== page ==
“Looking ahead, I believe that politics and the erosion of Second Amendment rights will heighten interest in revolvers in the future. Personally, I do not like the least qualified people on the planet making my self-defense tool choices for me, but sadly, we live in a reality where that is fast-becoming the rule, rather than the exception. I hope we will be able to protect our Second Amendment rights and our freedom to select our own defensive tools, but if we’re forced into a revolver decision, I am prepared for it. I think it would be smart for others to prepare for this possibility, as well.
On a positive note, they’ll find that if they can master a revolver trigger, they will generally shoot everything well.
The modern defensive revolver might be considered a niche tool by some, but it solves a lot of problems, for a lot of people. I think it will be around for some time to come.”
Claude discusses lessons learned while researching his new book and provides a progressive shooting drill for beginning handgunners.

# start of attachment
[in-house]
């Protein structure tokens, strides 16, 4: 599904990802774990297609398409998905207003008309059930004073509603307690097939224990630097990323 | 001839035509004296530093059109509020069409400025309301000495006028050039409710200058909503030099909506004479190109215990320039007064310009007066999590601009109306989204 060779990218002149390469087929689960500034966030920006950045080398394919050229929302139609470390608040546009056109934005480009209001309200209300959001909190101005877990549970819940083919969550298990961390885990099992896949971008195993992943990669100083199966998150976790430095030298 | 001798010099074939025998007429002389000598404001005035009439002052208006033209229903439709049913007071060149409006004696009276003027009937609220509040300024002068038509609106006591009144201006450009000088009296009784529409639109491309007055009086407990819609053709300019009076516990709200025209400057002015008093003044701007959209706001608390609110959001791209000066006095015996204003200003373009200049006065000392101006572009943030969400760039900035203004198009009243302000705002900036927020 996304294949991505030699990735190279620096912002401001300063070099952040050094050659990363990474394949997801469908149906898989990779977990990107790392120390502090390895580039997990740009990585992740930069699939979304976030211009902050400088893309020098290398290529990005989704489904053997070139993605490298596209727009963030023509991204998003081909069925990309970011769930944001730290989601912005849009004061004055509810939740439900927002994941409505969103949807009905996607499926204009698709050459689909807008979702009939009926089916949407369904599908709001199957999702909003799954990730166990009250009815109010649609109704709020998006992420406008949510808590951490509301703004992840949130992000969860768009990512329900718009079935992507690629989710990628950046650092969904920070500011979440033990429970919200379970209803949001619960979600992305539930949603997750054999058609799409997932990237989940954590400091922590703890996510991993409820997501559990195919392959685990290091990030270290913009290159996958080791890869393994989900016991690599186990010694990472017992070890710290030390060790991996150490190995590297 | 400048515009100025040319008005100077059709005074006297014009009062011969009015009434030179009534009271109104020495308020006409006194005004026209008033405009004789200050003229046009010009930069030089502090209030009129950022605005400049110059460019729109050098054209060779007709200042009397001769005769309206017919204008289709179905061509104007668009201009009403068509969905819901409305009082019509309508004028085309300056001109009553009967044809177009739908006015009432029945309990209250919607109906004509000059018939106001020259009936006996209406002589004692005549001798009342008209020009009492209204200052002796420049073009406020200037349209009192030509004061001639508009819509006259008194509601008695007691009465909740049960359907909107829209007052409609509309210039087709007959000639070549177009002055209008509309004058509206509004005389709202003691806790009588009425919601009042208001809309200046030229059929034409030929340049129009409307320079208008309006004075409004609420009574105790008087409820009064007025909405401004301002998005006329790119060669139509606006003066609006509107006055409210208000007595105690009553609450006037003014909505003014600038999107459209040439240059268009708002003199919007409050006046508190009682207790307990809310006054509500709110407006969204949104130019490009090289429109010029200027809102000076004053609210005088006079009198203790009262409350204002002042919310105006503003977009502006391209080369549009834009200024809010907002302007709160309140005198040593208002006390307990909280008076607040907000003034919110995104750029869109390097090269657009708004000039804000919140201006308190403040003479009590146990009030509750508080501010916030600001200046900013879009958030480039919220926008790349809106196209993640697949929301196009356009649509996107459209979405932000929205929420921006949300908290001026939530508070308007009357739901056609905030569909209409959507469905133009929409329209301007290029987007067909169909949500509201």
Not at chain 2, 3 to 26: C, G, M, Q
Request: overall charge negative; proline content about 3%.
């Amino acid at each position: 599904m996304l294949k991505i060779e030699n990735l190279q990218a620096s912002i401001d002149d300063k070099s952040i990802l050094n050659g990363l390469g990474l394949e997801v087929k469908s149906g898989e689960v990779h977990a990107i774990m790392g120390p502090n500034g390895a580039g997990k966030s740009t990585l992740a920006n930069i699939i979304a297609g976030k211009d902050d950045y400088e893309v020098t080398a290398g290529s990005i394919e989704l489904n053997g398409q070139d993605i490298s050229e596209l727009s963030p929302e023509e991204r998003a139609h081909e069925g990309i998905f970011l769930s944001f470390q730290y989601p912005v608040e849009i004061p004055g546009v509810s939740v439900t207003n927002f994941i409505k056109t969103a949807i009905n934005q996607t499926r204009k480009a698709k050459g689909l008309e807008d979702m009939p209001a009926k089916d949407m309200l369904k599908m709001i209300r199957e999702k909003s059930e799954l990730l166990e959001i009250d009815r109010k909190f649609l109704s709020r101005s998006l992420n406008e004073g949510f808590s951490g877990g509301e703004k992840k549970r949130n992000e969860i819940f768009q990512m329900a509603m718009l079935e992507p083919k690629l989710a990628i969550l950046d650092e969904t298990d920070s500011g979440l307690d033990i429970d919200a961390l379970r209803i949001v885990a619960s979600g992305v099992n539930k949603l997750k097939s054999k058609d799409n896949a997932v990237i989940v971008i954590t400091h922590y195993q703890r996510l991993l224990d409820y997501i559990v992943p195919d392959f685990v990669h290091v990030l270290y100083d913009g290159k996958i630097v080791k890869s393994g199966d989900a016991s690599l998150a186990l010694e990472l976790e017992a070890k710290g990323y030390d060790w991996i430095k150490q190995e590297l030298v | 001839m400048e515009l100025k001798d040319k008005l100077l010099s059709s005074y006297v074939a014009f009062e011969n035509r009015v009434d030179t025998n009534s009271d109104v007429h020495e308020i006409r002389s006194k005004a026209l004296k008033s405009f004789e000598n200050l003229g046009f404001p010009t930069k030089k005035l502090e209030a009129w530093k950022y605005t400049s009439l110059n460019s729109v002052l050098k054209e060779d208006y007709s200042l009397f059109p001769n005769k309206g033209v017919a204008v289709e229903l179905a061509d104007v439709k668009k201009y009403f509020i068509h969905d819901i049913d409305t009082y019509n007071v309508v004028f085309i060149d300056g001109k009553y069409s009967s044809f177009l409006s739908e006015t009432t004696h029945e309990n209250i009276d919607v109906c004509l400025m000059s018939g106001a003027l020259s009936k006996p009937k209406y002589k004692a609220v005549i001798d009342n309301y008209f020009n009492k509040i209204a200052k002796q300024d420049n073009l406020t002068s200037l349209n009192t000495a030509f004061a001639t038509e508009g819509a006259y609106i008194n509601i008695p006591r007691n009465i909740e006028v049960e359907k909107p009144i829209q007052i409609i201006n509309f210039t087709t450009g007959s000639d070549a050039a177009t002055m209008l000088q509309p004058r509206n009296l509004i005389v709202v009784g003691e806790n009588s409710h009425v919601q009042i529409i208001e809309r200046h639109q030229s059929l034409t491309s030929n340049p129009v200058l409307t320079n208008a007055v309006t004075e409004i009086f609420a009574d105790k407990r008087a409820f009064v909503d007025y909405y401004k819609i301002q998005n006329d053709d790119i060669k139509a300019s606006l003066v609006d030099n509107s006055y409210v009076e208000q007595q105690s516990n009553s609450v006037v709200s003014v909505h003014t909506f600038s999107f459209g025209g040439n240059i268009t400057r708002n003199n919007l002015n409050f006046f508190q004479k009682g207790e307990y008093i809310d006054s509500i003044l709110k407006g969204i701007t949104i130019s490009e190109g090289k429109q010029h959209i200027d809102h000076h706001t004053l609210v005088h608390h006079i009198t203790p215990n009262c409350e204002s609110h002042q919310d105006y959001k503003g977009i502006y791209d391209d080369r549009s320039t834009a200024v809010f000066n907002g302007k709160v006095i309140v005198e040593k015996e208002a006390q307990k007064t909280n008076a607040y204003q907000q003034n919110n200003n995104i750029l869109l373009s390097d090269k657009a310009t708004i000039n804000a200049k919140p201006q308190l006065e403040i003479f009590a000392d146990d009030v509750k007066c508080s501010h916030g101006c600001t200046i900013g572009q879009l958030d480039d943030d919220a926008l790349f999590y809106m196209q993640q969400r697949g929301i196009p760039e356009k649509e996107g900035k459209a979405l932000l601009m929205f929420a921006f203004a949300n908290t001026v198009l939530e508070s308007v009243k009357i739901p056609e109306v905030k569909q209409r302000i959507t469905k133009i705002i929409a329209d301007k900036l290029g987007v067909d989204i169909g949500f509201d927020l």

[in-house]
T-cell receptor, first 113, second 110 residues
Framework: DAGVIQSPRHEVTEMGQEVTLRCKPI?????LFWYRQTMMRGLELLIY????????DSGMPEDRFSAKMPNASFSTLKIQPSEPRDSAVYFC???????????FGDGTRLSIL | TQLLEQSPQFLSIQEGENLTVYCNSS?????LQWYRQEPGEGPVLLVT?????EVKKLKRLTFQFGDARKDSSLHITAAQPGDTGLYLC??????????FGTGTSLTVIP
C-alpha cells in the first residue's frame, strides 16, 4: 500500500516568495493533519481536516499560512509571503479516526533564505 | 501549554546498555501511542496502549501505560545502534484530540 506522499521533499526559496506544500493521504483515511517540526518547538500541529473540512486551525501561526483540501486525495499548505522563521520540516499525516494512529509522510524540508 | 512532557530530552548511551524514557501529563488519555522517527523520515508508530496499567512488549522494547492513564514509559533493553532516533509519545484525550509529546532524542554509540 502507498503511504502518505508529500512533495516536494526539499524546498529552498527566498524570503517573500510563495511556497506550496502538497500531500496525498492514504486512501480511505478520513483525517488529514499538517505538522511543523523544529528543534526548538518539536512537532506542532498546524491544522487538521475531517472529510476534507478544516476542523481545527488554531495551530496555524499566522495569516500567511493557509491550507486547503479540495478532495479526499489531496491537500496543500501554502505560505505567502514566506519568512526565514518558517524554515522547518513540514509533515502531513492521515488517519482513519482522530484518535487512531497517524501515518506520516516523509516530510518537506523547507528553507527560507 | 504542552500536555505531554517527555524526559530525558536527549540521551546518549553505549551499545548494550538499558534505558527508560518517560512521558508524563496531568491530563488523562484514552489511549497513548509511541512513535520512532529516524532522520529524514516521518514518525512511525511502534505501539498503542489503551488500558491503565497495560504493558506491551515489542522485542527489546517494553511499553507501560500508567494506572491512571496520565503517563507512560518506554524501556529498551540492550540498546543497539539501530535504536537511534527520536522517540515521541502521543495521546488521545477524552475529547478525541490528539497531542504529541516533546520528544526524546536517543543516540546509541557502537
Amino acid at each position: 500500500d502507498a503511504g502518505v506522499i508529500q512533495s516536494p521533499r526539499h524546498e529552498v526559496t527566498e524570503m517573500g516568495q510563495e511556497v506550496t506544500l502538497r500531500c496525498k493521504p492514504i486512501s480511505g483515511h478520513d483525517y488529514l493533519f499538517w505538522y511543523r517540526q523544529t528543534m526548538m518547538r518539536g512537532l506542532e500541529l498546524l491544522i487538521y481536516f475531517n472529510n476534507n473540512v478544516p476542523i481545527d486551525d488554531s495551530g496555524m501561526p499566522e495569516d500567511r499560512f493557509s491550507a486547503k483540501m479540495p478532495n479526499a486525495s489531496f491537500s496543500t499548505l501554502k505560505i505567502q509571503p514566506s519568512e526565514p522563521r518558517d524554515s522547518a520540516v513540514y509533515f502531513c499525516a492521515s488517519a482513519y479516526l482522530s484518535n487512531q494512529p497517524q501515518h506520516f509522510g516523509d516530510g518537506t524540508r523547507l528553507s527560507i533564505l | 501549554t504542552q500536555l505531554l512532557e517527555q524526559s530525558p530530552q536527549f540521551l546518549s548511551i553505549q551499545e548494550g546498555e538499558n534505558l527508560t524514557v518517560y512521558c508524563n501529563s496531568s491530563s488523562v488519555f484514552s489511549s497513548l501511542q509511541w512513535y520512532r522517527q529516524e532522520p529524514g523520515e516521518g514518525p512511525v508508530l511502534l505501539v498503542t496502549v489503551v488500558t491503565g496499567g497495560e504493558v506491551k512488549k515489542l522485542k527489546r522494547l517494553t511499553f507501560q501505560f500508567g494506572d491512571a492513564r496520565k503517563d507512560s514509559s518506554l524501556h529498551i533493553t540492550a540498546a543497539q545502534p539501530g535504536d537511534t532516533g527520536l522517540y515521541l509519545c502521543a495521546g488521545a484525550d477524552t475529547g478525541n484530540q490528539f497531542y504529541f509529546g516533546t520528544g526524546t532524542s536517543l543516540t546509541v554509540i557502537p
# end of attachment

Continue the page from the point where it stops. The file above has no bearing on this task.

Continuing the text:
An excellent review of the knife I designed. It’s easy to find on Amazon.
Quality advice about mastering the traditional double action auto pistol.
I really like this drill, especially with the 6-2-2 modification mentioned in the article. You may also like Dave Spaulding’s “Do Good Drill.” More? Here are a few more good shooting drills from Gun Nuts Media.
I’ve heard this issue being described as “Cartel-ification.” It’s when criminal gangs take over the roles of providing infrastructure, charity, and protection in states with failing governments.
The local drug gang builds schools, fixes roads, provides food banks, and keeps the neighborhood “safe” from thieves in exchange for the support of the locals. The gang provides charity and jobs for the people. The people keep their mouth shut when asked about the gang by governmental authorities.
This paper takes a look at exactly how this process works in Medellin, Colombia (one of my favorite cities in the world).
If I had to make a prediction about the future in America, I see a loss in faith in government programs, defunding public safety services, and a lot of informal “cartel-ification” happening here in the next decade.
Cecil’s thoughts on an ugly gunfight.
This might be useful information for some of you old gun aficionados.
I generally like this advice, but I think for the normal person a constantly varied routine is wasted time. Unless you know you have a stalker or are at high risk, I think you’ll be OK taking the same route to work every day.